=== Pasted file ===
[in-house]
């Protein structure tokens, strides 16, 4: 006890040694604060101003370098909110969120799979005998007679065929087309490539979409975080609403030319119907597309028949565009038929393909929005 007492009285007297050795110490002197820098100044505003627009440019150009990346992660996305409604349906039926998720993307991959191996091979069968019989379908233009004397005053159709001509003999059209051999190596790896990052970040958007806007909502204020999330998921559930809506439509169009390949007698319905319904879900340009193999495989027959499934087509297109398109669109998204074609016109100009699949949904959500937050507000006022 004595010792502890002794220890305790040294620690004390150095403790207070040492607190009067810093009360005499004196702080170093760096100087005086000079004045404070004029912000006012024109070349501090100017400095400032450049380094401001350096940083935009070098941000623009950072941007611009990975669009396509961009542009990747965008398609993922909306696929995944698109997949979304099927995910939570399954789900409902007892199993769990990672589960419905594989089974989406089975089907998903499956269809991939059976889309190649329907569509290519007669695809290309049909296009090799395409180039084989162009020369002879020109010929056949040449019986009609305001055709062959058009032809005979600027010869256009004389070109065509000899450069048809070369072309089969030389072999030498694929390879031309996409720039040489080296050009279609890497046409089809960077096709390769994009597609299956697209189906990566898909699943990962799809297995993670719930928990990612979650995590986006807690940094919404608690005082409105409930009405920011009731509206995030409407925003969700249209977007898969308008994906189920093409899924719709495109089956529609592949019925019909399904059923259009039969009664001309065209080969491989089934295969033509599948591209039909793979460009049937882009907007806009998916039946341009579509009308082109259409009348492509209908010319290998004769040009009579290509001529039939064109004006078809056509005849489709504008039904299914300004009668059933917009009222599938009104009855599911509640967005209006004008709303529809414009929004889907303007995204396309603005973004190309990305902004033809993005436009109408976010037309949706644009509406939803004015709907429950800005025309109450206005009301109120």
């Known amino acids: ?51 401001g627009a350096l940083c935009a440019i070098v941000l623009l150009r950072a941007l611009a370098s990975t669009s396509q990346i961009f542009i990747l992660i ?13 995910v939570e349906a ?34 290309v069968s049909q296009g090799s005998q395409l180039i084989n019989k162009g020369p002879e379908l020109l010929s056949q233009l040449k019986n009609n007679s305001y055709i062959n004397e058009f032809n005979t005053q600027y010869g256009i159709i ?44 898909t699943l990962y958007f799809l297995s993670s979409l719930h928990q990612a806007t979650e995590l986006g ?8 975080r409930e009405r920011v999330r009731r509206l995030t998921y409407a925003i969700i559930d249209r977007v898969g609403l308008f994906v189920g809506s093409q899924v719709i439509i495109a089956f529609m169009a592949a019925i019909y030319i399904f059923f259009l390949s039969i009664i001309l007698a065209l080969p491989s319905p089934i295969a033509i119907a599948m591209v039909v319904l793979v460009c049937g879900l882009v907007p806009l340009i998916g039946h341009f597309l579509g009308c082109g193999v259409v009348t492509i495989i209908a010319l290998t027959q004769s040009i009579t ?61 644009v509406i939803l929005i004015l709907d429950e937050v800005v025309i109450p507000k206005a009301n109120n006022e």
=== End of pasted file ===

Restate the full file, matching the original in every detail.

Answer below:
[in-house]
């Protein structure tokens, strides 16, 4: 006890040694604060101003370098909110969120799979005998007679065929087309490539979409975080609403030319119907597309028949565009038929393909929005 007492009285007297050795110490002197820098100044505003627009440019150009990346992660996305409604349906039926998720993307991959191996091979069968019989379908233009004397005053159709001509003999059209051999190596790896990052970040958007806007909502204020999330998921559930809506439509169009390949007698319905319904879900340009193999495989027959499934087509297109398109669109998204074609016109100009699949949904959500937050507000006022 004595010792502890002794220890305790040294620690004390150095403790207070040492607190009067810093009360005499004196702080170093760096100087005086000079004045404070004029912000006012024109070349501090100017400095400032450049380094401001350096940083935009070098941000623009950072941007611009990975669009396509961009542009990747965008398609993922909306696929995944698109997949979304099927995910939570399954789900409902007892199993769990990672589960419905594989089974989406089975089907998903499956269809991939059976889309190649329907569509290519007669695809290309049909296009090799395409180039084989162009020369002879020109010929056949040449019986009609305001055709062959058009032809005979600027010869256009004389070109065509000899450069048809070369072309089969030389072999030498694929390879031309996409720039040489080296050009279609890497046409089809960077096709390769994009597609299956697209189906990566898909699943990962799809297995993670719930928990990612979650995590986006807690940094919404608690005082409105409930009405920011009731509206995030409407925003969700249209977007898969308008994906189920093409899924719709495109089956529609592949019925019909399904059923259009039969009664001309065209080969491989089934295969033509599948591209039909793979460009049937882009907007806009998916039946341009579509009308082109259409009348492509209908010319290998004769040009009579290509001529039939064109004006078809056509005849489709504008039904299914300004009668059933917009009222599938009104009855599911509640967005209006004008709303529809414009929004889907303007995204396309603005973004190309990305902004033809993005436009109408976010037309949706644009509406939803004015709907429950800005025309109450206005009301109120």
């Known amino acids: ?51 401001g627009a350096l940083c935009a440019i070098v941000l623009l150009r950072a941007l611009a370098s990975t669009s396509q990346i961009f542009i990747l992660i ?13 995910v939570e349906a ?34 290309v069968s049909q296009g090799s005998q395409l180039i084989n019989k162009g020369p002879e379908l020109l010929s056949q233009l040449k019986n009609n007679s305001y055709i062959n004397e058009f032809n005979t005053q600027y010869g256009i159709i ?44 898909t699943l990962y958007f799809l297995s993670s979409l719930h928990q990612a806007t979650e995590l986006g ?8 975080r409930e009405r920011v999330r009731r509206l995030t998921y409407a925003i969700i559930d249209r977007v898969g609403l308008f994906v189920g809506s093409q899924v719709i439509i495109a089956f529609m169009a592949a019925i019909y030319i399904f059923f259009l390949s039969i009664i001309l007698a065209l080969p491989s319905p089934i295969a033509i119907a599948m591209v039909v319904l793979v460009c049937g879900l882009v907007p806009l340009i998916g039946h341009f597309l579509g009308c082109g193999v259409v009348t492509i495989i209908a010319l290998t027959q004769s040009i009579t ?61 644009v509406i939803l929005i004015l709907d429950e937050v800005v025309i109450p507000k206005a009301n109120n006022e």